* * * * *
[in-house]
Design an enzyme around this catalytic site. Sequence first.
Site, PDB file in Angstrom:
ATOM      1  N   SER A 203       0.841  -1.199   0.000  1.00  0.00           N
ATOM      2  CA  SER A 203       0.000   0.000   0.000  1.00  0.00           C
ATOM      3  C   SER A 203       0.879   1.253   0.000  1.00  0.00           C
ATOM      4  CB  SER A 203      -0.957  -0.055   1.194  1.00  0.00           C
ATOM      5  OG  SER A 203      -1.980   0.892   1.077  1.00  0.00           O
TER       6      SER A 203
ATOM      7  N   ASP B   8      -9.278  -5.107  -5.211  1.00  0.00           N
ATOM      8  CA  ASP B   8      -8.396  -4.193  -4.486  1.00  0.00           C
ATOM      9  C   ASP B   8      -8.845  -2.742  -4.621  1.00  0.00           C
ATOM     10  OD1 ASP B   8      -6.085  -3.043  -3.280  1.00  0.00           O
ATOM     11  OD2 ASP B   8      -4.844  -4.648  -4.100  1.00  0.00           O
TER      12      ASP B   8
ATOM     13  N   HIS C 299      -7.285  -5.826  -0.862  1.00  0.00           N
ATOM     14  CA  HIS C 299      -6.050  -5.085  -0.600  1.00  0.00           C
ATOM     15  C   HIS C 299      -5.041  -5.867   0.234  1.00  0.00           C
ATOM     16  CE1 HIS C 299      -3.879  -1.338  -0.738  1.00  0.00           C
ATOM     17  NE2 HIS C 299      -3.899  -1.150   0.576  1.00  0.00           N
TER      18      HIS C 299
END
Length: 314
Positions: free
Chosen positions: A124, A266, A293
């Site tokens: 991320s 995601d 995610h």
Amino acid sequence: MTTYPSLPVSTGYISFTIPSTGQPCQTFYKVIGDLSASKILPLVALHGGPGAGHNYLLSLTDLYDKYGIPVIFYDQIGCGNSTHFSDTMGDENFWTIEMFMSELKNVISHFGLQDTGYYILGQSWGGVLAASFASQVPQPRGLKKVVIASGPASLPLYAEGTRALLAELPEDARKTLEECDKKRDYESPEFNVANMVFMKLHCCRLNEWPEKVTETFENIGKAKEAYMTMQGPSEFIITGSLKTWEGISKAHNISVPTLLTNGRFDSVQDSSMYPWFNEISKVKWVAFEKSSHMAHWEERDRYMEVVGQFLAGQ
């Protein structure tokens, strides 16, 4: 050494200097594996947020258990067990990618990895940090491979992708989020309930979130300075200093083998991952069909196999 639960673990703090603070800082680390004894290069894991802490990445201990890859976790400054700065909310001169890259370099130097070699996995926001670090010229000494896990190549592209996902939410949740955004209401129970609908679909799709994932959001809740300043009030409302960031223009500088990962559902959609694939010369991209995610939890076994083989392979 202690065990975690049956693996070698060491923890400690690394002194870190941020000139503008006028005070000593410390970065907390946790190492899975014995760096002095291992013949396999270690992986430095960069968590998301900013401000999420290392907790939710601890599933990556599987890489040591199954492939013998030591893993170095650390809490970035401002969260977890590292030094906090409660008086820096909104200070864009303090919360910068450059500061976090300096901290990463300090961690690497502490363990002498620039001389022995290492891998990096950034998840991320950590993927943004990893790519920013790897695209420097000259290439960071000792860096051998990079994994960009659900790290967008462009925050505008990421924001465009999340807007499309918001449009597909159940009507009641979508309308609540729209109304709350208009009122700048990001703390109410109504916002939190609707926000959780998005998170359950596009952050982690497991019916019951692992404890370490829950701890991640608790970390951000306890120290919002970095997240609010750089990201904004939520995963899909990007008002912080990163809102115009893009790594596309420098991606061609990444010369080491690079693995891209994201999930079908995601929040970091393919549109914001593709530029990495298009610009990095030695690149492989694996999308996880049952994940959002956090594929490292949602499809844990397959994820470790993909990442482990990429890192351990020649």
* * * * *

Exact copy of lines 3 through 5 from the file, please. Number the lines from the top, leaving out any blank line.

Site, PDB file in Angstrom:
ATOM      1  N   SER A 203       0.841  -1.199   0.000  1.00  0.00           N
ATOM      2  CA  SER A 203       0.000   0.000   0.000  1.00  0.00           C